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Marine Science



Countdown to ratify the High Seas Treaty begins, Nations prepare for its entry into force.  A year since the historic High Seas Treaty to protect biodiversity beyond national jurisdiction (BBNJ) was formally adopted by UN Member States on 19 June 2023, the High Seas Alliance started the one-year countdown to reach the goal of securing the 60 ratifications needed for the Treaty to enter into force by the United Nations Ocean Conference (UNOC3) in June 2025, France.

The countdown began a week before UN Member States convene at the UN Headquarters in New York to plan for the Treaty’s entry into force at the first Preparatory Commission BBNJ Agreement meeting on 24–26 June 2024.

“The countdown for all nations to ratify the High Seas Treaty within a year has begun. The Treaty represents an historic step forward for humankind – it’s a momentous opportunity to protect life in the global ocean beyond our national borders. To reach our collective goal of securing the 60 ratifications needed for the Treaty to enter into force by June 2025, all nations must accelerate the Race for Ratification so that we can transform words into active ocean protections as soon as possible. The clock is ticking!” said Rebecca Hubbard, Director of the High Seas Alliance.

Once 60 countries ratify the High Seas Treaty, it will enter into force and become the world’s first international law to mandate the conservation and management of biodiversity beyond national jurisdictions (BBNJ), enabling the establishment of High Seas marine protected areas, and regulating potentially harmful activities through comprehensive environmental impact assessments. To date, 90 nations have signed the Treaty and many others are in the process of ratification yet, a year since adoption, only seven – Palau, Chile, Belize, Seychelles, Monaco, Mauritius, and the Federal States of Micronesia – have formally ratified. Meanwhile, political momentum is building with 34 nations committed to securing the 60 ratifications needed for it to enter into force by June 2025.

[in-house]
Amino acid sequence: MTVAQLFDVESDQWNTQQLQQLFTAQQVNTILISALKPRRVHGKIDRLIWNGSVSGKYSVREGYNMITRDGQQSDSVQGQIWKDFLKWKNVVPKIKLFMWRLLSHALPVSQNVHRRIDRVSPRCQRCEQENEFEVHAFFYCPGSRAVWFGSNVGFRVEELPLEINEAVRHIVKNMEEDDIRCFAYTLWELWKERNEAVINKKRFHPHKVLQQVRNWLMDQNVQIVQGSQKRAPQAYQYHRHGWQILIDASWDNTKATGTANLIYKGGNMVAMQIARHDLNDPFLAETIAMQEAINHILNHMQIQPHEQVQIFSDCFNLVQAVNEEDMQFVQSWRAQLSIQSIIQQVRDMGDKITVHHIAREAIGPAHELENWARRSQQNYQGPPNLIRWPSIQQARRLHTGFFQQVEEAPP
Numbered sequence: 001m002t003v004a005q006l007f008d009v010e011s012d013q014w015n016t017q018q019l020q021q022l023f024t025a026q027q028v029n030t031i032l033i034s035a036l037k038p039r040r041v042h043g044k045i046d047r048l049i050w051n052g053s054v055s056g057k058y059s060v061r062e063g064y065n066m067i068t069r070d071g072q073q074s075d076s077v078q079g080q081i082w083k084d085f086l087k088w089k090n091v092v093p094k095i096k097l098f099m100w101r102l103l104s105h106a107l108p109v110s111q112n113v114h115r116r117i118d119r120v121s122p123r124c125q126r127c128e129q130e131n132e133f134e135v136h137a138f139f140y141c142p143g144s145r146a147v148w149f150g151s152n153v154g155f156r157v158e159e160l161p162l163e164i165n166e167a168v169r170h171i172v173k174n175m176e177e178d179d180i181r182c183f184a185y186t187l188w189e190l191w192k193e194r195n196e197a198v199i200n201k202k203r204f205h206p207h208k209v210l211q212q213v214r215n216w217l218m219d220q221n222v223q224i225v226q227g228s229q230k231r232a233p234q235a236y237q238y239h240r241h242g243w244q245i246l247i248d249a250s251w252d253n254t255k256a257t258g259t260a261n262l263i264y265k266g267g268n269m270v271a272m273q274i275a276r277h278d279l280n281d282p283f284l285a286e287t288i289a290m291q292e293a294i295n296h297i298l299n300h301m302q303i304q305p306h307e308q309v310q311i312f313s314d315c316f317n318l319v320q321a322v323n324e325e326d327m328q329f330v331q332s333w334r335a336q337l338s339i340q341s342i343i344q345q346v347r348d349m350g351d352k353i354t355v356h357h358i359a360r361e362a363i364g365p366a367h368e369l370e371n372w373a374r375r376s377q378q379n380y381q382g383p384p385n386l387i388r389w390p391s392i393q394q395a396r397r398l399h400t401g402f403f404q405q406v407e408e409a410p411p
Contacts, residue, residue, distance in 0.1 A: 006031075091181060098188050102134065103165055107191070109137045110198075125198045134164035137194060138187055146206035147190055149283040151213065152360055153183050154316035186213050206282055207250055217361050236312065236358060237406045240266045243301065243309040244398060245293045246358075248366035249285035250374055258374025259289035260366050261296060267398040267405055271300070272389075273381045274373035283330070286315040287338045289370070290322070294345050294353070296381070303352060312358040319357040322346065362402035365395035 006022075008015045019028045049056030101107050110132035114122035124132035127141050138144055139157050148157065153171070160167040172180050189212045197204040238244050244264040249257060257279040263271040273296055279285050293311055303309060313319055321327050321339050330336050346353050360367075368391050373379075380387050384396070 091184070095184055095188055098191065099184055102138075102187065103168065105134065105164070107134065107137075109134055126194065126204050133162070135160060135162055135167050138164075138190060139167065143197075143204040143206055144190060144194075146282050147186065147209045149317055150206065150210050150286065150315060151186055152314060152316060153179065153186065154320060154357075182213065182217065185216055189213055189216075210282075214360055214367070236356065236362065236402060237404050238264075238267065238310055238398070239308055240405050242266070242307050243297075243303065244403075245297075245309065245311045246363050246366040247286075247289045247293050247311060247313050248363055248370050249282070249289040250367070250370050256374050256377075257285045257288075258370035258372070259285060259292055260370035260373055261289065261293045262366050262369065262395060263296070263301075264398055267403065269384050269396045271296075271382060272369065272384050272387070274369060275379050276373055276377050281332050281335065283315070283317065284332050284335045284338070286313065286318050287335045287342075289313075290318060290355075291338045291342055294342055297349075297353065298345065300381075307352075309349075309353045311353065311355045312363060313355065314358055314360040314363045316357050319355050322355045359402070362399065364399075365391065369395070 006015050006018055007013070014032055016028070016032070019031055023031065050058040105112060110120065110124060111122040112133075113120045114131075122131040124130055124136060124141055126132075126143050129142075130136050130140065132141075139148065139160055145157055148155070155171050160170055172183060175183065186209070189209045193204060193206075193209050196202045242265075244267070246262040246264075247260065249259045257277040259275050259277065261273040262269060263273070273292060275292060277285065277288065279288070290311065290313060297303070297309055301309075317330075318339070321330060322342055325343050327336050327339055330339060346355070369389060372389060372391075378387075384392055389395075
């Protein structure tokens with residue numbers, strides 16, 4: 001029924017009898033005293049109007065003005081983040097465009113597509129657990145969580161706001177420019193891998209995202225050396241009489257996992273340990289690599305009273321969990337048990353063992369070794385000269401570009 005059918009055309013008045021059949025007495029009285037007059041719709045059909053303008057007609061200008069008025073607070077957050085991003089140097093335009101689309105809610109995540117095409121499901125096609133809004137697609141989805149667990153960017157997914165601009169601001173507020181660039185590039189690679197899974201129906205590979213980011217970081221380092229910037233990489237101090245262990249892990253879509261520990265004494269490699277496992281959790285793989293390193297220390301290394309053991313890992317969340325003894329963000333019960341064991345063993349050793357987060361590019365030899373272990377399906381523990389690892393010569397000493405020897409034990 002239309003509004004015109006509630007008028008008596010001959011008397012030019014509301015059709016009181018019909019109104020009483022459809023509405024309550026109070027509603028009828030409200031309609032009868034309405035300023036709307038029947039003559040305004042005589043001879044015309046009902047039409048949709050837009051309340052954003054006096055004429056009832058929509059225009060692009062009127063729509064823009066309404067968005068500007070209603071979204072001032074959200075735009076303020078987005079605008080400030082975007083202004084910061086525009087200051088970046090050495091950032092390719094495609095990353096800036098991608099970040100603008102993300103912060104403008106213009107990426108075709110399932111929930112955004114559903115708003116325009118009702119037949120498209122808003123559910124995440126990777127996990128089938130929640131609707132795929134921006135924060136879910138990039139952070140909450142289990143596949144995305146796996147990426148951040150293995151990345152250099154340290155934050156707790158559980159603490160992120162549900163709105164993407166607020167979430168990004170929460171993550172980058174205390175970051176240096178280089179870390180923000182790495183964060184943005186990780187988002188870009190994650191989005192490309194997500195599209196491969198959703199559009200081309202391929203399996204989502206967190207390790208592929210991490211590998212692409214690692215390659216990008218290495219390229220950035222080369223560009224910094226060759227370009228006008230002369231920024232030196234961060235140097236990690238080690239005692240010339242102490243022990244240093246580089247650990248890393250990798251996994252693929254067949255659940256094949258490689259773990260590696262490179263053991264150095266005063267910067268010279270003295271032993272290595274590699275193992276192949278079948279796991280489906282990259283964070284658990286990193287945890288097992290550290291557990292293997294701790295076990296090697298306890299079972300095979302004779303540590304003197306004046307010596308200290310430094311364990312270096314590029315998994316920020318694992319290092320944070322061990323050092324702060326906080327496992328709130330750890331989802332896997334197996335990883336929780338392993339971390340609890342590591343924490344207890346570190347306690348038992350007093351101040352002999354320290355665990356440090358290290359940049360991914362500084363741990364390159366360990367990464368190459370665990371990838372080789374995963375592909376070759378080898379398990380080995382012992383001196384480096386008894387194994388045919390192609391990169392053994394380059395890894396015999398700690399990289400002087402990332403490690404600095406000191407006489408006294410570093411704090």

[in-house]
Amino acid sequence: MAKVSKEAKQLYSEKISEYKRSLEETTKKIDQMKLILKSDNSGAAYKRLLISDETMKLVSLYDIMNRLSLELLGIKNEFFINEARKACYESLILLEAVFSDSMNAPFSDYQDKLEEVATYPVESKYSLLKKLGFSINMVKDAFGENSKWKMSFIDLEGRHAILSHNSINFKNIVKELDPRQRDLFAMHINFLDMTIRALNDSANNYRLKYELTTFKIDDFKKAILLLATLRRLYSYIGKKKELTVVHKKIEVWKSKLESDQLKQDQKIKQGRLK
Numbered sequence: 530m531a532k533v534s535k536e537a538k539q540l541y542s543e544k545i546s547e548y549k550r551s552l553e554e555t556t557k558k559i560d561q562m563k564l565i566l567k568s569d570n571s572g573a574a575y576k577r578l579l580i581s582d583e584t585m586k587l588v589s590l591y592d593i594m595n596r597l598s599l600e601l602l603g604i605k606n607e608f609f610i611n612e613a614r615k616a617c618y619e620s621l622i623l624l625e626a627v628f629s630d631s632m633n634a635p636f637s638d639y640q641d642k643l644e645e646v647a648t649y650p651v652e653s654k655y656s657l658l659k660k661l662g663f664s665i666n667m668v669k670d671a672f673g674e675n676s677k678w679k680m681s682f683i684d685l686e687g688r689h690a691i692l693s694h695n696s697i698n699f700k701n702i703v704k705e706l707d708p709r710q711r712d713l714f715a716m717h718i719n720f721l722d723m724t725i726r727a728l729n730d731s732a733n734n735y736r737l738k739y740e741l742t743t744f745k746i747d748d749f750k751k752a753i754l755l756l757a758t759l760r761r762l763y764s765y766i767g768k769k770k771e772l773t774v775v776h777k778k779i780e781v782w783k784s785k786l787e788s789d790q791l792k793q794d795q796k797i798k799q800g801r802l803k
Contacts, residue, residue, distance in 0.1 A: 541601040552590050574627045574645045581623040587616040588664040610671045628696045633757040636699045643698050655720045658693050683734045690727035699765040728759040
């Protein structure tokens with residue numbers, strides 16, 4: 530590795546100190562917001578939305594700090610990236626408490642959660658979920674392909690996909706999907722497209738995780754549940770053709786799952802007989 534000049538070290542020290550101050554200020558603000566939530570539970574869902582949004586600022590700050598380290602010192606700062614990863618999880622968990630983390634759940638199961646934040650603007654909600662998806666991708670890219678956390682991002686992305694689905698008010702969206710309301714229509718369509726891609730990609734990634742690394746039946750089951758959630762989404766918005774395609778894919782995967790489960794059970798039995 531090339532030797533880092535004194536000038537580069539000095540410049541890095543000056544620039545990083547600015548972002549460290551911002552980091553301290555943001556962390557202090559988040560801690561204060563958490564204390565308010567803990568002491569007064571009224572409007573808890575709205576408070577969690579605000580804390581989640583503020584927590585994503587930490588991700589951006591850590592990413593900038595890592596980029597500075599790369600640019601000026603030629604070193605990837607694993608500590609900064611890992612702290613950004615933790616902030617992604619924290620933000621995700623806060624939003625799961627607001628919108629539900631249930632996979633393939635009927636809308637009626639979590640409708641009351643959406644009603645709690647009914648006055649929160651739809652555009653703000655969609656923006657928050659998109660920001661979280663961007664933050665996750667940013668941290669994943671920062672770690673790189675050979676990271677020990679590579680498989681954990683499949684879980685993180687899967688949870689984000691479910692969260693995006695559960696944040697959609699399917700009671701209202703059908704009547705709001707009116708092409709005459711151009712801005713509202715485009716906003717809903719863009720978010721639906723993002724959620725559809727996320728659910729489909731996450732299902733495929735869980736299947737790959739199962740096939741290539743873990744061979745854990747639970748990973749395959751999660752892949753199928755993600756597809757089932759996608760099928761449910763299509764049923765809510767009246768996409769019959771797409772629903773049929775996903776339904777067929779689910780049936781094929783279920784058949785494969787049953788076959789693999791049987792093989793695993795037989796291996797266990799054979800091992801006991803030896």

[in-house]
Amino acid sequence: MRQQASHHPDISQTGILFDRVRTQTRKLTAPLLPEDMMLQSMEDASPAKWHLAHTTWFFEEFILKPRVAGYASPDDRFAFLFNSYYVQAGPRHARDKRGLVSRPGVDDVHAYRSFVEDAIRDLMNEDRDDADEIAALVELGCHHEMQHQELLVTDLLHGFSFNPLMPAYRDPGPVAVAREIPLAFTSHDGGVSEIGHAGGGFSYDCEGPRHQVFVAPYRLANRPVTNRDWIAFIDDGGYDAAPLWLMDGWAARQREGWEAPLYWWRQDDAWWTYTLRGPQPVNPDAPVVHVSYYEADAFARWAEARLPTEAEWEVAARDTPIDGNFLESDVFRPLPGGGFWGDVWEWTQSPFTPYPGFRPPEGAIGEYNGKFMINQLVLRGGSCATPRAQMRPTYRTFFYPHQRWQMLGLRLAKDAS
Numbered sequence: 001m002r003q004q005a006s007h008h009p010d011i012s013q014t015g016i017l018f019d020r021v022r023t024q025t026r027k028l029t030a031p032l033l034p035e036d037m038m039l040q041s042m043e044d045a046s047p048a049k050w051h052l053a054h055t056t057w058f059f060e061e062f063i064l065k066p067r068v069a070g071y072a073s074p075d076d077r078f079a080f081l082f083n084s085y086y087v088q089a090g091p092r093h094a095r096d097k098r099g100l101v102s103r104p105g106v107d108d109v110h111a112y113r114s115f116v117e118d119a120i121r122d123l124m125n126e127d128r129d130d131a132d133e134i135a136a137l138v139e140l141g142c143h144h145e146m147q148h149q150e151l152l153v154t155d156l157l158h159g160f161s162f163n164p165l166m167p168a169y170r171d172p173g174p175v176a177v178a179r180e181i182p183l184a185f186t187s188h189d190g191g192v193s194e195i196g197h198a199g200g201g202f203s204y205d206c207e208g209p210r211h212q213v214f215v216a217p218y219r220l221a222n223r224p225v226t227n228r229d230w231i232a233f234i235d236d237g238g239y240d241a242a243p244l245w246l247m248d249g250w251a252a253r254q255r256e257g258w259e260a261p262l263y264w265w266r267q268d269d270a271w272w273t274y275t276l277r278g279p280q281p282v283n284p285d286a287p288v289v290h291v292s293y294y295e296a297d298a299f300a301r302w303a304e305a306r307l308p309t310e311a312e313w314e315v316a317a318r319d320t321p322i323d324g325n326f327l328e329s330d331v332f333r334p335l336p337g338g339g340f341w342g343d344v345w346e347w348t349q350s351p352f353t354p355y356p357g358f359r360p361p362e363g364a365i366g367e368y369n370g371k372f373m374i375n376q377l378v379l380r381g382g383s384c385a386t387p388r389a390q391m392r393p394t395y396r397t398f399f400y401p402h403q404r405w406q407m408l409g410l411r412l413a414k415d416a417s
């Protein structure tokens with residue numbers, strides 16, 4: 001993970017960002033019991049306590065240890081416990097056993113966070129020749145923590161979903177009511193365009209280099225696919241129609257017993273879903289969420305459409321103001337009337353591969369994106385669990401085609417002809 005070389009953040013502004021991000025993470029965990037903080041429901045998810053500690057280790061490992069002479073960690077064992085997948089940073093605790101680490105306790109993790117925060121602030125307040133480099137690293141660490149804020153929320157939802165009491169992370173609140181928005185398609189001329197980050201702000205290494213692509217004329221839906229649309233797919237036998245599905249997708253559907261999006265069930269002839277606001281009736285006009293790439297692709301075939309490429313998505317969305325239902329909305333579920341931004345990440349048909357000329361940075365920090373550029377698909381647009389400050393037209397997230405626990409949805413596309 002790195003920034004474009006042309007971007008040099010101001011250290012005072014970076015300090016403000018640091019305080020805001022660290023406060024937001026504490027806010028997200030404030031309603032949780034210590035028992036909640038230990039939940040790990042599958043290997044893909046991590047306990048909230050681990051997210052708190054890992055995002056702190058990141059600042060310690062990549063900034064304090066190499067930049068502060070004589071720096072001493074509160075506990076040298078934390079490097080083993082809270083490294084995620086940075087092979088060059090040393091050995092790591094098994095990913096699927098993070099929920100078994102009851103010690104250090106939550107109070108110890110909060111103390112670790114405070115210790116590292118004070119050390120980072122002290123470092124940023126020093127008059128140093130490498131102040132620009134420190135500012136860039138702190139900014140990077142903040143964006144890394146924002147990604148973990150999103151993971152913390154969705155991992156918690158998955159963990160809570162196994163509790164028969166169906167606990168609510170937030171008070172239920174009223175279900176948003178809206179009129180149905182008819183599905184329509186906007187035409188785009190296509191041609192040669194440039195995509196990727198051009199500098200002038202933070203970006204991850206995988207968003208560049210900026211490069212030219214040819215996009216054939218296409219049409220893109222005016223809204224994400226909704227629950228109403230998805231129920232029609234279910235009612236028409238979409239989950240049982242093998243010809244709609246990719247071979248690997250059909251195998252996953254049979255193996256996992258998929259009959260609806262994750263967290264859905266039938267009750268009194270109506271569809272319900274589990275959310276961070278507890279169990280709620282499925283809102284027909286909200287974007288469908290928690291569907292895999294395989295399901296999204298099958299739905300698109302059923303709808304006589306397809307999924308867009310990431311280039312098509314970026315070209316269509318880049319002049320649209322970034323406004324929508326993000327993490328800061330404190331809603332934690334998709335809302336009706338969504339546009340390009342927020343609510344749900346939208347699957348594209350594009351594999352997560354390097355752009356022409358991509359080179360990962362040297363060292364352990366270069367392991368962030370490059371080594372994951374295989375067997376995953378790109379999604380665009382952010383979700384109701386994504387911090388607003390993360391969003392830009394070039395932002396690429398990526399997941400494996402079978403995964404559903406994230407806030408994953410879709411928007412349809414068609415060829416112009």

The High Seas – the ocean beyond countries’ maritime borders – covers half the planet and plays an essential role in regulating our climate by absorbing about 30% of the CO2 produced by humans each year. This vast ocean area supports some of the most important, yet critically endangered ecosystems on Earth, yet a lack of governance has left it increasingly vulnerable to human overexploitation. Currently, it is the least protected area of our planet; only 1.5% is fully protected.

Transforming the High Seas Treaty into action in the water is a critical step to securing international goals to reverse the climate and biodiversity crises, including the international target to protect at least 30% of the world’s land and sea by 2030, agreed during the UN global Biodiversity Summit in December 2022.